Consumers in some Northern Virginia communities will have to pay for plastic bags starting next year.

Fairfax County became the first Virginia locality in the Chesapeake Bay watershed to pass a five-cent fee on the use of plastic retail bags when the measure was approved by its Board of Supervisors in mid-September. Alexandria and Arlington followed suit later the same week, passing their own versions of the measure.

Trash in Northern Virginia creek

Trash piles up in a portion of Little Hunting Creek, a tributary of the Potomac River, just downstream from the Janna Lee Avenue bridge in Alexandria, VA. 

The purpose of the fee, sometimes called a tax, is to discourage use of disposable plastic bags, which are among the most common items found as litter in local waterways.

Plastic bags “damage aquatic ecosystems and the micro-particles of plastics created when they break down make their way into our water sources,” Fairfax County Board Supervisor James Walkinshaw wrote in a statement.

"Plastic bag taxes are proven in jurisdictions across the nation,” he said. “This measure will reduce plastic pollution, and the modest funds collected will be reinvested into litter prevention and to providing reusable bags for low-income community members."

Plastic bags at checkout

Plastic bags and bottles are among the most common forms of plastic that wash into waterways. Plastics break down into microscopic pieces that carry toxins and are found in streams, rivers, oceans and the Chesapeake Bay. (Donna Morelli)

The City of Roanoke, which is not within Virginia’s portion of the Chesapeake watershed, was the first locality in the state to pass a plastic bag fee. The Virginia General Assembly, which must give cities and counties permission to pass such local measures, approved legislation in 2020 allowing them to adopt plastic bag ordinances.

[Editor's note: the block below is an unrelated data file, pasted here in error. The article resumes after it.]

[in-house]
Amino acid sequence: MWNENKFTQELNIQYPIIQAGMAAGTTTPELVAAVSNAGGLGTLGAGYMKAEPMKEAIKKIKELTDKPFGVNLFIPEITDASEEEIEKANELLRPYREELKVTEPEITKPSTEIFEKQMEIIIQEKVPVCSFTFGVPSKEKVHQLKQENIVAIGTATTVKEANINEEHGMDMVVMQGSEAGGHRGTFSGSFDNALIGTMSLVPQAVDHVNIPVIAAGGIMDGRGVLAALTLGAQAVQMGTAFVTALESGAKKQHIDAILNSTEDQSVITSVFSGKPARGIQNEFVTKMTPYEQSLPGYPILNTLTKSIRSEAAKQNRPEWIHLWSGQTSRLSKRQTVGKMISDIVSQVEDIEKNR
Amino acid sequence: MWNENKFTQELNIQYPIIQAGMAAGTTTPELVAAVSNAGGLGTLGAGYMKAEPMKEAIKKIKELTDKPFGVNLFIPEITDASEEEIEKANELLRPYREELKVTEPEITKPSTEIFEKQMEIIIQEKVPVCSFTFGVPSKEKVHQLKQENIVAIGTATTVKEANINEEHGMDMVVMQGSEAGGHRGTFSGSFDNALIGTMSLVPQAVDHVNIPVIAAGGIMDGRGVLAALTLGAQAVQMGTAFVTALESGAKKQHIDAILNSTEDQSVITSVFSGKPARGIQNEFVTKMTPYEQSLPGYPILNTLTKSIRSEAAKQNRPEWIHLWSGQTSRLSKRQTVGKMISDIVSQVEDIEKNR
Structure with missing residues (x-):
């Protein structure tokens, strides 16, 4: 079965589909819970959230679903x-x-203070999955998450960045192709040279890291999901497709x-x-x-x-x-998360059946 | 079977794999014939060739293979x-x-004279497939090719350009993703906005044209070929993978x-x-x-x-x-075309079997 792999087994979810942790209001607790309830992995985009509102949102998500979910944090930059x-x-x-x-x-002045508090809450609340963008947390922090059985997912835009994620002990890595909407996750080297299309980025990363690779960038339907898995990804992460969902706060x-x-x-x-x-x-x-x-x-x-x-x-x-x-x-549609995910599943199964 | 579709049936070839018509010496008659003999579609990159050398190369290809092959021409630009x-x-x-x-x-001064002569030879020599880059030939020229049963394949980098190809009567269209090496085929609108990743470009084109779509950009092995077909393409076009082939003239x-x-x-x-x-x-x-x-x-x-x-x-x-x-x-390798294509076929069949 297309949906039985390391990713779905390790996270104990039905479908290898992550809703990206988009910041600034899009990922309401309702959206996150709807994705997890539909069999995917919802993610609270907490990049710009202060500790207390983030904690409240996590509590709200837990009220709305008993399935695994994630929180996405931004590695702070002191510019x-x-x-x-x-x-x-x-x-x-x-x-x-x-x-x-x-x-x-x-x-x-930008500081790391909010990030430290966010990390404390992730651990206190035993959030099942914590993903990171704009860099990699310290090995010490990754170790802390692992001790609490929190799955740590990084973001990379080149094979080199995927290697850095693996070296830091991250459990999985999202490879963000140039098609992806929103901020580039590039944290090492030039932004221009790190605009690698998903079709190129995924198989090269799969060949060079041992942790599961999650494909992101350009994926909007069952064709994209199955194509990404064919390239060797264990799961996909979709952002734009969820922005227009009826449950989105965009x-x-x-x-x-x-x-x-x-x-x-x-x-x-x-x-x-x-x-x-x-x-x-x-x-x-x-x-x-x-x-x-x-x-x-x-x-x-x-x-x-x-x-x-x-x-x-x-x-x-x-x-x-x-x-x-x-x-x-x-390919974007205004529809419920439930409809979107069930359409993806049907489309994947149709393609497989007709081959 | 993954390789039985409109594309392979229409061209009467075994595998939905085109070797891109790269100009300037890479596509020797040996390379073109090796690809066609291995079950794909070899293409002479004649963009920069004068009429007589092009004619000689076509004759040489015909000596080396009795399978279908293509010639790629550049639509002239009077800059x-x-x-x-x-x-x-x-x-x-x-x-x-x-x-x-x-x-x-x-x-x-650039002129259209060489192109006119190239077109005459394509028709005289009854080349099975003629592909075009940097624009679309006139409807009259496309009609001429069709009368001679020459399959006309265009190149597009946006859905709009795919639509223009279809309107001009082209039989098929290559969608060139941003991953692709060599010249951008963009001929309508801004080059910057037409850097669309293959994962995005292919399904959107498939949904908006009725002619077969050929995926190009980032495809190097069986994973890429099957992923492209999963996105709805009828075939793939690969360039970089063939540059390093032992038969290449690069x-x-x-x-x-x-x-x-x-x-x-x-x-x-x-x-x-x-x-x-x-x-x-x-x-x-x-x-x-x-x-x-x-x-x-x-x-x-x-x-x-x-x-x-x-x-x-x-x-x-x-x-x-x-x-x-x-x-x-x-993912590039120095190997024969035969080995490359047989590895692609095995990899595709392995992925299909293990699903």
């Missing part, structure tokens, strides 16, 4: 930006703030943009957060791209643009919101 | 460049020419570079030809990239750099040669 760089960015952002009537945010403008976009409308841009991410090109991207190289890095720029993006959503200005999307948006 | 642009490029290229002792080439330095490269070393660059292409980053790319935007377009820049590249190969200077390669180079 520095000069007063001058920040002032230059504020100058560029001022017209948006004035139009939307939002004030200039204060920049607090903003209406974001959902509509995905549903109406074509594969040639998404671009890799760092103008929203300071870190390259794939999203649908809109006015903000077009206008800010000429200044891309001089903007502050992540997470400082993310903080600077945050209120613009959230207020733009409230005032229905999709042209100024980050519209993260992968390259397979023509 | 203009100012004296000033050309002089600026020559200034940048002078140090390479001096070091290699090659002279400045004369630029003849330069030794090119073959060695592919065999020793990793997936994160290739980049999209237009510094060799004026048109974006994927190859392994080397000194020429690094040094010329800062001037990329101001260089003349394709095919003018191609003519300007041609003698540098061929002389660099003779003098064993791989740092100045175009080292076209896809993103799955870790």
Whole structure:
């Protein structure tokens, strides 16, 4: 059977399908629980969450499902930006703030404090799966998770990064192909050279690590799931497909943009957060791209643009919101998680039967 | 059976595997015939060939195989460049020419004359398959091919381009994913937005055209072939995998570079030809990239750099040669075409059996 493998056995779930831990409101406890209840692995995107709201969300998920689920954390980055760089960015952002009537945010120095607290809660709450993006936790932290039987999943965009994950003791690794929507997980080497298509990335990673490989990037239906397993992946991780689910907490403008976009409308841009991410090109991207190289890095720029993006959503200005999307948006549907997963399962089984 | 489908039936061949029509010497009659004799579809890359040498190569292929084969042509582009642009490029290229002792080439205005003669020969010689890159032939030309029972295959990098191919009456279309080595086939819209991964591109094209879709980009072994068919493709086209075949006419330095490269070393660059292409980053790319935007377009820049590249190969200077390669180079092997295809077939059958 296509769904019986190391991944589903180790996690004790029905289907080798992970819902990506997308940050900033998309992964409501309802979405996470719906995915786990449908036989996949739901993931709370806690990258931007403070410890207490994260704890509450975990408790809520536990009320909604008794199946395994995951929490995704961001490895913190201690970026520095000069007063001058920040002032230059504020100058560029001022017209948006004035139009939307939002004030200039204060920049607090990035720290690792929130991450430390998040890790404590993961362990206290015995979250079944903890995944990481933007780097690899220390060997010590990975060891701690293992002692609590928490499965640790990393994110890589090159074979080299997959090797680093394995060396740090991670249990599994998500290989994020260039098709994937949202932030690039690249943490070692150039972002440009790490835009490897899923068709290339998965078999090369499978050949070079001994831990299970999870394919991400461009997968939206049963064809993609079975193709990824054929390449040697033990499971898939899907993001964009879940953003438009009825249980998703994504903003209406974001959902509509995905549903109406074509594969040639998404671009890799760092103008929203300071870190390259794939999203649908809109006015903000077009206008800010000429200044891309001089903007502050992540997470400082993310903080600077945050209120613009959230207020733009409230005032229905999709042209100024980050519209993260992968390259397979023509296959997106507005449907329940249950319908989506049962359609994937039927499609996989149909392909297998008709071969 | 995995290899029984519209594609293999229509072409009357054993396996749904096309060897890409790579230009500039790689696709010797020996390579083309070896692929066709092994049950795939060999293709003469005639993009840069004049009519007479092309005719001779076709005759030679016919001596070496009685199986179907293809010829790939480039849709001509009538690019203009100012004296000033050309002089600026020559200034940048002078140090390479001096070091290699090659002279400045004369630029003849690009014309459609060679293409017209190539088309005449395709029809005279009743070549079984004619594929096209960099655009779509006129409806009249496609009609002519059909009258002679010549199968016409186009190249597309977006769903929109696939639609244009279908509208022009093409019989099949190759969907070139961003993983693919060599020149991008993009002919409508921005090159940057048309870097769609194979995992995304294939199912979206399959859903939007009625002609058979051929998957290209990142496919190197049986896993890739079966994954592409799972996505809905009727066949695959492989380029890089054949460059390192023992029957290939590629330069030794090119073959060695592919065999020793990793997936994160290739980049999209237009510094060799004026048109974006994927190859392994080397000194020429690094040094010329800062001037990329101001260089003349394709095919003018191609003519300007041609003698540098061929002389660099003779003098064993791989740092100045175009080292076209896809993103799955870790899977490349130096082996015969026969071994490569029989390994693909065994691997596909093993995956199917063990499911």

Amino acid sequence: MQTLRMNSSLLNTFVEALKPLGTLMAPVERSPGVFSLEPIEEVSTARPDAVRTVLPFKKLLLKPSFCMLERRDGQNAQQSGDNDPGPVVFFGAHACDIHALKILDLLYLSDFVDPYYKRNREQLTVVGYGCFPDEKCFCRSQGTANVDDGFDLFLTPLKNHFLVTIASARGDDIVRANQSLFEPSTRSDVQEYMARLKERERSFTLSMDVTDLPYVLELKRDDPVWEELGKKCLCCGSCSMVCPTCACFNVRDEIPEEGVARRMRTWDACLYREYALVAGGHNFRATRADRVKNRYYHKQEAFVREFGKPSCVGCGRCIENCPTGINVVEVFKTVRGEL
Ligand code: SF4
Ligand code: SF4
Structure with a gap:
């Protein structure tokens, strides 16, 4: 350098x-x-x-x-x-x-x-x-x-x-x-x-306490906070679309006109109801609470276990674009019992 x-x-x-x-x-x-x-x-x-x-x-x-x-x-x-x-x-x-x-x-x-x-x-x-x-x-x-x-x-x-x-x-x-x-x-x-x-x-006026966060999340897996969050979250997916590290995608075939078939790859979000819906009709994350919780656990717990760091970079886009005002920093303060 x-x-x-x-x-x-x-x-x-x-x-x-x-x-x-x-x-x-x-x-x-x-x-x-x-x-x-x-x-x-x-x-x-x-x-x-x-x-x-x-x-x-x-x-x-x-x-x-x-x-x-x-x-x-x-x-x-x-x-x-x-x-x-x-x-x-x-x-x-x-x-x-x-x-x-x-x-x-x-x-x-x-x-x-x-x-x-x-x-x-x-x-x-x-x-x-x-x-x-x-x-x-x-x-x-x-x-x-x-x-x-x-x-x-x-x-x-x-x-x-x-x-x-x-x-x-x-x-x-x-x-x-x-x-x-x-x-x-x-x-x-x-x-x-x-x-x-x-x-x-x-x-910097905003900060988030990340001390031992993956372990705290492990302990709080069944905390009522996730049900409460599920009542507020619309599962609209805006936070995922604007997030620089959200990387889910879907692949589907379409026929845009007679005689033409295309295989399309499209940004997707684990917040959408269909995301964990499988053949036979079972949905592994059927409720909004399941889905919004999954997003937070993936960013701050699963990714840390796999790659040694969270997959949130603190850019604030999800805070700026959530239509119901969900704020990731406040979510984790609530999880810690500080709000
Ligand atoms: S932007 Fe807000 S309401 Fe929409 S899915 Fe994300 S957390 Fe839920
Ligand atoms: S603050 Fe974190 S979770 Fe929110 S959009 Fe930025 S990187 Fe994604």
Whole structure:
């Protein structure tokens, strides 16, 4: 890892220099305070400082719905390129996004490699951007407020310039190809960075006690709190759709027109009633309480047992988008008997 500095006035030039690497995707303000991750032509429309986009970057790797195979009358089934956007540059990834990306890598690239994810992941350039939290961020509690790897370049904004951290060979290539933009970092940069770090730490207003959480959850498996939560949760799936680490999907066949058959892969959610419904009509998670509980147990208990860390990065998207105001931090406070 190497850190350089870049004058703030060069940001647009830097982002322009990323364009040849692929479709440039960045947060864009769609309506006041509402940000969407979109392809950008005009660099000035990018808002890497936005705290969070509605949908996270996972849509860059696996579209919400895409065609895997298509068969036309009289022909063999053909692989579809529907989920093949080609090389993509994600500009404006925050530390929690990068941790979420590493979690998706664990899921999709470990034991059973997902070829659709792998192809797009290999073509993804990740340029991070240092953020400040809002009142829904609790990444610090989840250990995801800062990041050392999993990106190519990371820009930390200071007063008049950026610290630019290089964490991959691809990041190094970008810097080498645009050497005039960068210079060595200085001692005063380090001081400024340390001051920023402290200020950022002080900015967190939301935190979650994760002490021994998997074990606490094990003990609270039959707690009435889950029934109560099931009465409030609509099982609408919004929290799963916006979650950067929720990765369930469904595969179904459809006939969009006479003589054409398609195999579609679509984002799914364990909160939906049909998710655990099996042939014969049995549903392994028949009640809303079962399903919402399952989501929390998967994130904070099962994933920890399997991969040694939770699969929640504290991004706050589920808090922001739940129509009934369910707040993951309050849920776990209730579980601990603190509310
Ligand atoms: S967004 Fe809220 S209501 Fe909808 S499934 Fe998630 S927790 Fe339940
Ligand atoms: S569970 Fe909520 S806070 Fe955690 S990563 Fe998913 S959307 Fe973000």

The District of Columbia and several localities in Maryland already charge five-cent fees on plastic bags. Maryland’s General Assembly nearly passed a statewide plastic bag ban in 2020 and 2021. Studies have shown a correlation between such fees and bans on certain disposable products and reduced plastic waste in nearby rivers.

Fairfax County’s five-cent fee on plastic bags will go into effect on Jan. 1, 2022.

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(1) comment

Rich Redler

In 2015, the Washington Post published an investigation into the effectiveness of the District's bag fees. The Washington Post found that claims of success for the bag fees were based on unscientific surveys and failed to account for bag fee revenues remaining steady. Those unchanging revenues indicate that plastic bag use in the District has remained largely unchanged since the fees were enacted.

The Post also found that from 2010 to 2015, just about a third of the money raised by the bag fees was spent on actually cleaning up the river and its watershed.

Most of the money instead was spent on educational programs, including a single $1.2 million grant that sent every fifth-grader living in Washington, D.C. on a two-night watershed field trip over a two-year period.

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